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    Life Events | 3 min read

    Job Interview Tips: 4 Ways to Stand Out From the Crowd

    So, you got the interview… yay! But now, those nervous jitters are starting to kick in as you imagine all the attention on you and everything that could possibly go wrong.

    Those thoughts in the back of your mind keep making their way to the front, reminding you that you’re not alone in this, either; you’re competing against an assumedly large number of other applicants. So, what should you do to leave a lasting impression and rise above the rest?

    Here are four tips for sailing through the interview process:

    1. Be Punctual

    There is rarely a good reason for being late to an interview. With life being so unpredictable these days, you must be proactive and just prepare for the worst.

    • To avoid any day-of mishaps, do a dry run before the day of your interview, especially if you are unfamiliar with the area.
    • Always give yourself a 15–30-minute window to account for unforeseen events.
    • While you cannot always control what happens on the roads, you can control what happens in your car. Case in point: do not drink coffee or anything that can spill or stain your outfit.
    • If you’ve done everything you possibly can but still aren't able to make it there on time, call ahead to reschedule. Just remember, some hiring managers will give you another opportunity; others will not.

    If your interview is being conducted virtually:

    • Test your audio and camera on your device beforehand.
    • Join your “online meeting room” early.
    • Make sure you have a trustworthy connection to the internet.
    • Be aware of what your background looks like. If you do not have an office space at home, set yourself up in front of a plain wall, clean living area, etc.
    • Avoid distracting background noises.

    2. Make an Impression

    First impressions are everything to the hiring manager, to the assistant who leads you to their office, to the receptionist. Put your best foot forward with everyone you meet.

    • Be sure your phone is on silent and you’re not scrolling through any of your social media sites.
    • Make casual conversation, but don’t be overly talkative. It’s okay to ask questions about how long they have been employed at the company and if they enjoy it. It’s not okay to ask them what they did over the weekend.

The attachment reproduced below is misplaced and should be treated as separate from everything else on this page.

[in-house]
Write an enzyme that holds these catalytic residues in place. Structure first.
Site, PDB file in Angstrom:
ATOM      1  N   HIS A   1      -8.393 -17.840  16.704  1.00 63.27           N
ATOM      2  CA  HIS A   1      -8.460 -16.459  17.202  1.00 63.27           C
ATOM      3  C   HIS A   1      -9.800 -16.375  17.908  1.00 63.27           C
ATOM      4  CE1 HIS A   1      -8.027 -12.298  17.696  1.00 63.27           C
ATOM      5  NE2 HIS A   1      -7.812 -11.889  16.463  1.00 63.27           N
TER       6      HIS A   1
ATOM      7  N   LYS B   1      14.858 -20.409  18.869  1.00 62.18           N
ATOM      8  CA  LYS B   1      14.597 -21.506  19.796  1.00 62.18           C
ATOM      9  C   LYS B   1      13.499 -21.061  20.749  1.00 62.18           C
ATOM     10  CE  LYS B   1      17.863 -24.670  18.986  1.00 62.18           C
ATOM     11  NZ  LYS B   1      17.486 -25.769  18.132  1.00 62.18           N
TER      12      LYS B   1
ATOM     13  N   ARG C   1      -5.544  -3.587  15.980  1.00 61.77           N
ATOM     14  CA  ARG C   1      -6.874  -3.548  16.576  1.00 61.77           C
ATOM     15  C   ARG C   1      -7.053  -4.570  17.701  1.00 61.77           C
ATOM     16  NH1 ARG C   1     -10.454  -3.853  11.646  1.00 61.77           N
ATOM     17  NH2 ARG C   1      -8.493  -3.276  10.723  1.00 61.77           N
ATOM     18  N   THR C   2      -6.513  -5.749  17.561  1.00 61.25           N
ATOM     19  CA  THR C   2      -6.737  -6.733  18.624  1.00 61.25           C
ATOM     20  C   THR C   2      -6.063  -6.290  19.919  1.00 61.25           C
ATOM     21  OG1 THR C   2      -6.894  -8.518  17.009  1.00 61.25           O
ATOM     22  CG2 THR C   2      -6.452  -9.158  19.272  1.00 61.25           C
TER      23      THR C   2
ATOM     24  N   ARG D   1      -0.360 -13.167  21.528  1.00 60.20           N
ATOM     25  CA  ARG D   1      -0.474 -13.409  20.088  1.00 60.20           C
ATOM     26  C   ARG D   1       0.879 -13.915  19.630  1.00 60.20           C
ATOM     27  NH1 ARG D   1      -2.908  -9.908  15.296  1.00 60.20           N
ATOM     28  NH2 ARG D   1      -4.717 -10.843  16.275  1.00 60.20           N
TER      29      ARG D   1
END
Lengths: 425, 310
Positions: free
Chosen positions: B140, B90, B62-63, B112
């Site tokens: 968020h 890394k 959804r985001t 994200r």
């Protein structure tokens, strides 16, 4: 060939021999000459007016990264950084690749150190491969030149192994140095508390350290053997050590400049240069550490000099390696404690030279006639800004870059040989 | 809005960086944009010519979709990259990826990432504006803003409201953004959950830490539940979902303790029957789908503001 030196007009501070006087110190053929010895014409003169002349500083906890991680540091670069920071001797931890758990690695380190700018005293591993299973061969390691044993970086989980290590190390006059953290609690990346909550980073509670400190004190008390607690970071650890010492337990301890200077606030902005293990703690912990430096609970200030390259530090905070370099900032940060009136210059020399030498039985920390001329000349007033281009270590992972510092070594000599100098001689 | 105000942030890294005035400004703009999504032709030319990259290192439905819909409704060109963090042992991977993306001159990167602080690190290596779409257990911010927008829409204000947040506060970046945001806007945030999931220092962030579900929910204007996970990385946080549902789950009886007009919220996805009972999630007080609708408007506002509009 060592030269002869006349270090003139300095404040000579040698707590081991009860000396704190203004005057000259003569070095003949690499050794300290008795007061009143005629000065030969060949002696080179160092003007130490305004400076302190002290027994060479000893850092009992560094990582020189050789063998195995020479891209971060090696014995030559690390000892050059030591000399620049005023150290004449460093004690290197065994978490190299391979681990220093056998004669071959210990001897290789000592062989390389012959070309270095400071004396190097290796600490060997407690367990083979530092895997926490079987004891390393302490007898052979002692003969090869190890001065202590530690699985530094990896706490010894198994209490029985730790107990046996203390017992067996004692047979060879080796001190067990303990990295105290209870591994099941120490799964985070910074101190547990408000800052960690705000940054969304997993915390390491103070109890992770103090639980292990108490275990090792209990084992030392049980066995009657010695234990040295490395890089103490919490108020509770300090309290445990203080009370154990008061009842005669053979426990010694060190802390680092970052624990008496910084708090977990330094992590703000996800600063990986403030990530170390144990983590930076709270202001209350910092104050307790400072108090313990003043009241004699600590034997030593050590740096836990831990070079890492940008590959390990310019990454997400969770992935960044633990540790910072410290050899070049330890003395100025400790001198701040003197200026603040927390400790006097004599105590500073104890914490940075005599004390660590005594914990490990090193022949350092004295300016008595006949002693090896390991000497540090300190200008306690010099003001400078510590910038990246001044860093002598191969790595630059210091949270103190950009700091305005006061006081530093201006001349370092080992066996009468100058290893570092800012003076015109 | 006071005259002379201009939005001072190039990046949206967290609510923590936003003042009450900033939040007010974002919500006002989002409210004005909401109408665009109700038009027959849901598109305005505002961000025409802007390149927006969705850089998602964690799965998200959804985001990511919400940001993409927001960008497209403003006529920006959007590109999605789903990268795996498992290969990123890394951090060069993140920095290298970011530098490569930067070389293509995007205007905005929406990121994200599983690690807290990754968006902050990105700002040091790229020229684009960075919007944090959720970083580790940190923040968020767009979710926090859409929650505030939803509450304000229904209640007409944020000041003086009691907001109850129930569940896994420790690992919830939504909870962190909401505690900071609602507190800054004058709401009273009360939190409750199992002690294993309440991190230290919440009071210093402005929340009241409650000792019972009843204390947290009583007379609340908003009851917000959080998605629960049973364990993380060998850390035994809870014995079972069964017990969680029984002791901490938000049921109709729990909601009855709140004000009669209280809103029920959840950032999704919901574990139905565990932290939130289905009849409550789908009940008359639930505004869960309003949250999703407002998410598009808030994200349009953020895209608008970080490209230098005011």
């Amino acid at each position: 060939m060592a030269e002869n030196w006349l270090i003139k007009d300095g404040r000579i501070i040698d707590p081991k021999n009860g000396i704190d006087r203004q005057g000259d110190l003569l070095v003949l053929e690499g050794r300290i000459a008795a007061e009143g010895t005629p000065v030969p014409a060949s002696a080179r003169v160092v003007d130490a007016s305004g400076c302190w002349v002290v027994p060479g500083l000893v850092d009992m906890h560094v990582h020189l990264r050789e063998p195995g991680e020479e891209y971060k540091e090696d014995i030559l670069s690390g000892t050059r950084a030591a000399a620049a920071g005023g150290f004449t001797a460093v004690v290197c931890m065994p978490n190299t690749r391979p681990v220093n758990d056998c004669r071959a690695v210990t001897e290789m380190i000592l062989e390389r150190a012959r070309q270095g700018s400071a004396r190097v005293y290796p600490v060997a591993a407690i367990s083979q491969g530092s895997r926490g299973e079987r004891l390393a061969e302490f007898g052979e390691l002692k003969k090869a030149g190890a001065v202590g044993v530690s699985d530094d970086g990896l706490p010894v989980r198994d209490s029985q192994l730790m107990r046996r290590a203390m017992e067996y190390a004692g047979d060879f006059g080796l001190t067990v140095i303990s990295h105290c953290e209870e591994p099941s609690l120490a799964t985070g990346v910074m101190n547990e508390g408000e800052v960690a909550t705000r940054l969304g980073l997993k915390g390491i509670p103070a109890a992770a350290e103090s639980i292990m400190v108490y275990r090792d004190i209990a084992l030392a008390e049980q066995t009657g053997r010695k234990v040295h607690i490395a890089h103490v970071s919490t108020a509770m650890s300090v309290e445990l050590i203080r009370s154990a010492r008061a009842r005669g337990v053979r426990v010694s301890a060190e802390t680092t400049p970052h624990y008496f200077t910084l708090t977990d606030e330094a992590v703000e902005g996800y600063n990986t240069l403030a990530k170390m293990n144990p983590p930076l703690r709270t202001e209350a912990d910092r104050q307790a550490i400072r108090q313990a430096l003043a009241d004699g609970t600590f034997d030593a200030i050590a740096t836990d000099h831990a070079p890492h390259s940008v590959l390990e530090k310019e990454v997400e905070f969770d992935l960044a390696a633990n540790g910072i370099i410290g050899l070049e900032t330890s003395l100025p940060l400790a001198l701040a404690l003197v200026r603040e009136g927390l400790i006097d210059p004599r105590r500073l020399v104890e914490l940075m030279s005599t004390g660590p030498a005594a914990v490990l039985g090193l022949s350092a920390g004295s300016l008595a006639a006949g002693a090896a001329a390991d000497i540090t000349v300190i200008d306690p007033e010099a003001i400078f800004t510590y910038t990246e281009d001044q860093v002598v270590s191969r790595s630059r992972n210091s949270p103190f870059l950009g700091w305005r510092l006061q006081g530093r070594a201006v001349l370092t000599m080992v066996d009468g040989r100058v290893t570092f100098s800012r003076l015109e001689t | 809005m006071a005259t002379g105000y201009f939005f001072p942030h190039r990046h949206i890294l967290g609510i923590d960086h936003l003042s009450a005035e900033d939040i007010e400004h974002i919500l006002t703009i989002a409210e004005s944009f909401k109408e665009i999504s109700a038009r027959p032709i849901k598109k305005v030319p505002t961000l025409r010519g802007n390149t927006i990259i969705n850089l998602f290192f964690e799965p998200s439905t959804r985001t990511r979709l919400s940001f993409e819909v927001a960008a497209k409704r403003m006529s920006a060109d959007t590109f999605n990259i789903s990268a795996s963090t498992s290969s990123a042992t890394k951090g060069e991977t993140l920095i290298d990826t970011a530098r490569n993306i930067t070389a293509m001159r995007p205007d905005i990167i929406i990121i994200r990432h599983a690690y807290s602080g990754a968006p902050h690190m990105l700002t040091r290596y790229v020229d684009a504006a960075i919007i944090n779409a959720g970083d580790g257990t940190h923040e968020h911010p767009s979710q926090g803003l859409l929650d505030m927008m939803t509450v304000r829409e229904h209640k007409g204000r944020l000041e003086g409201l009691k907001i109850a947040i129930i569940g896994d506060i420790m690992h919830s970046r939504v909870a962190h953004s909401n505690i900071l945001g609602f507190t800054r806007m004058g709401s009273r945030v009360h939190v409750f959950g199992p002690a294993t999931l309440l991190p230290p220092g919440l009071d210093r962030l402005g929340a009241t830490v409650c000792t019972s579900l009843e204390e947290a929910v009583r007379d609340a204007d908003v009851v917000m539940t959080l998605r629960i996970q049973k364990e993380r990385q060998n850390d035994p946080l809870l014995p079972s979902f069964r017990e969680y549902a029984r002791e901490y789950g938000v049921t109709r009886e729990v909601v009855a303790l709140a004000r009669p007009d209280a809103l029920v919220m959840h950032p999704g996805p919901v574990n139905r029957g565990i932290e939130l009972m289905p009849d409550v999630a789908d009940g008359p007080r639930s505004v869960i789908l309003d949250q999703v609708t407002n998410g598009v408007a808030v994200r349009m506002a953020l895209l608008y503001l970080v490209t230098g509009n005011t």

• Be courteous with your actions. The last thing you want to do is smack a piece of gum while the hiring manager comes out to greet you.
    • Dress appropriately for the position you’re interviewing for.
    • It’s ok to smile.

    3. Stay Positive and Exude Confidence with Preparedness

    It’s imperative to stay positive during an interview, particularly when asked tough questions about previous "difficult" situations. Sometimes interviewers ask these questions to judge your character. If you speak ill of previous situations or about previous co-workers, chances are you may repeat the trend in their company—not the smartest move here.

    By now, you should have had plenty of time to research the company and what the job entails. Sites like LinkedIn and Facebook can give you some insight on the company and its corporate philosophy, and reference sites such as Glassdoor can provide access to current and former employees who anonymously dish on the pros and cons of their companies and bosses.

    Try these additional tips for positivity and preparedness:

    • Be sure not only to bring additional copies of your resume, but to also know your resume.
    • If asked questions regarding your previous work experience, don't be bashful; this is your time to shine. Talk about specific situations and note significant accomplishments when your involvement made a difference in a situation or project.
    • Rehearse general statements beforehand so you can express yourself without stumbling on your words. Practice answering commonly asked questions such as, “tell me about yourself.”

    4. Ask Questions

    If you’re truly interested in the job, you must have questions—ask them! If you don’t ask any questions, it could be perceived as lack of interest in the job and the company. Consider asking questions such as:

    • What have past employees done to succeed in the position?
    • What are some challenges that come with this position?
    • What is the path for advancement within the company?

    Leave questions regarding salary and sick/holiday pay until after you’ve received the offer letter.

    Genuinely use this opportunity to make yourself shine. No two situations are ever the same for everyone, so it’s best to use your own judgment if you’re ever in doubt. Have a goal in mind for your interview beyond landing the job; focus on what interests the interviewer and remember to highlight your most important accomplishments. Good luck!

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    Erica Arzu

    Erica has worked for SWBC for 12 years in recruiting and employee relations. Erica enjoys helping people in all capacities, from creating and maintaining a positive working environment to helping create career opportunities.

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